Looking at average daily queries growth (the average of how many searches are conducted on Answers.com), we see impressive numbers. Traffic has grown 88% when comparing Q1 of 2007 over Q1 of 2006.
Web publishers tend to use the RPM metric (Revenues per thousand web pages served) as a measure of success in monetization effort and Answers is making good strides: 35% growth in RPM this quarter versus first quarter 2006. Things are looking good. While RPM growth is strong, it’s clearly lagging query growth. I’d like to see this catch up.
And that’s the rub.
The interesting thing here though is that while Answers.com’s content model is very much Web 2.0, its revenue model isn’t. Ad sales models are built on old-school principles: buy low, sell high. Admittedly, Answers needs to ramp up its sales efforts and execute. Managing a sales team is good for the business but is definitely not sexy. It costs money to hire good talent and takes even more time to manage them efficiently.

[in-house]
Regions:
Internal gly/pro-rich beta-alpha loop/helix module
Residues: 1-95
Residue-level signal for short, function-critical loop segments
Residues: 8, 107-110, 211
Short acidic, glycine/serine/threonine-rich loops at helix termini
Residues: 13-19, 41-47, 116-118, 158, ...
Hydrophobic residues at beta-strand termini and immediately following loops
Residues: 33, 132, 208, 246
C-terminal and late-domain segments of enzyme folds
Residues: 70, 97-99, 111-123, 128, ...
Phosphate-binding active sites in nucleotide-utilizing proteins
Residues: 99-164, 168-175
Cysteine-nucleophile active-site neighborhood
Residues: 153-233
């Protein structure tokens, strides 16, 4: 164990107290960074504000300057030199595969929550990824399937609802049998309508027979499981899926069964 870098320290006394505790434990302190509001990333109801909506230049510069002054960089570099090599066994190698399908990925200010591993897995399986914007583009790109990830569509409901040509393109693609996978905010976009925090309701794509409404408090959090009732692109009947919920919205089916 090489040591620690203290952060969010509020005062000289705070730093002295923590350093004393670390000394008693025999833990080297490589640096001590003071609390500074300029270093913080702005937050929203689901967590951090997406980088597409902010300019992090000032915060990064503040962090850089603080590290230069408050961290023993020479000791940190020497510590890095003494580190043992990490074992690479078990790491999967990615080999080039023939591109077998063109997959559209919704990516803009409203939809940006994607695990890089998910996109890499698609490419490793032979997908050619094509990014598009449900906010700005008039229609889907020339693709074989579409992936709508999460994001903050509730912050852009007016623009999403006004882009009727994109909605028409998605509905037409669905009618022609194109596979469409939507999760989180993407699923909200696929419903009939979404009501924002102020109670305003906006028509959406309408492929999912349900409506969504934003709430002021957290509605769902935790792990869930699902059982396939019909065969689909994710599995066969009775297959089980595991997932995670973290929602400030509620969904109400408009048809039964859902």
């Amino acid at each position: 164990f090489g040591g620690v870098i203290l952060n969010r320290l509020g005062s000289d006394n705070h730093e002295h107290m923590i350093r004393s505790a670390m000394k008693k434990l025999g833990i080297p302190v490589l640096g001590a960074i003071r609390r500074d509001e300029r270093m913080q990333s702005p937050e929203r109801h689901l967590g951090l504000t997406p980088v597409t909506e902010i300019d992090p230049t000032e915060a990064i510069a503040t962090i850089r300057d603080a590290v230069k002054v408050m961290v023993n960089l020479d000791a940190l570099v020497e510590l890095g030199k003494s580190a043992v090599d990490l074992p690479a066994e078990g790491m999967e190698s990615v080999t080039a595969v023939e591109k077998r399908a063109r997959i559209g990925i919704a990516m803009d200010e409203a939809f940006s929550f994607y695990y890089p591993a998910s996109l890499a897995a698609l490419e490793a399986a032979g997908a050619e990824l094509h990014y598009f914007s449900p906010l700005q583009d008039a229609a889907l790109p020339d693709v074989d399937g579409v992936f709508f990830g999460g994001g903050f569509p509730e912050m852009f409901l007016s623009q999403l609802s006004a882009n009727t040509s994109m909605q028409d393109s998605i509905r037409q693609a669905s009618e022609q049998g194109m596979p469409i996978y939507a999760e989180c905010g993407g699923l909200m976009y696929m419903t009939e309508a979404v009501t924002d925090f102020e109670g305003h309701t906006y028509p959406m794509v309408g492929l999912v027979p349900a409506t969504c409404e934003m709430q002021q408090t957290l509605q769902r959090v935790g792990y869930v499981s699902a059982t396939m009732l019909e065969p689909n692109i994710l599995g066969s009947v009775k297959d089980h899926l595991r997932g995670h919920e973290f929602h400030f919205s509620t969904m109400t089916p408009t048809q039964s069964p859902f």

I won’t even get into the reliance on Google for traffic and monetization efforts. Google has Answers by the proverbial short-hairs and perhaps may eventually take them out. Until then, I’m nervous that Google plays such a crucial role in bringing the eyeballs and then monetizing them.
I love Answers’ service. My kids and I use it for book reports, science experiments (my daughter wanted to put an iPod in Coca Cola), and just good research. From my perch, Answers is now a show-me stock dependent on the good graces of Google and the execution of a sales team.
ANSW 1-yr chart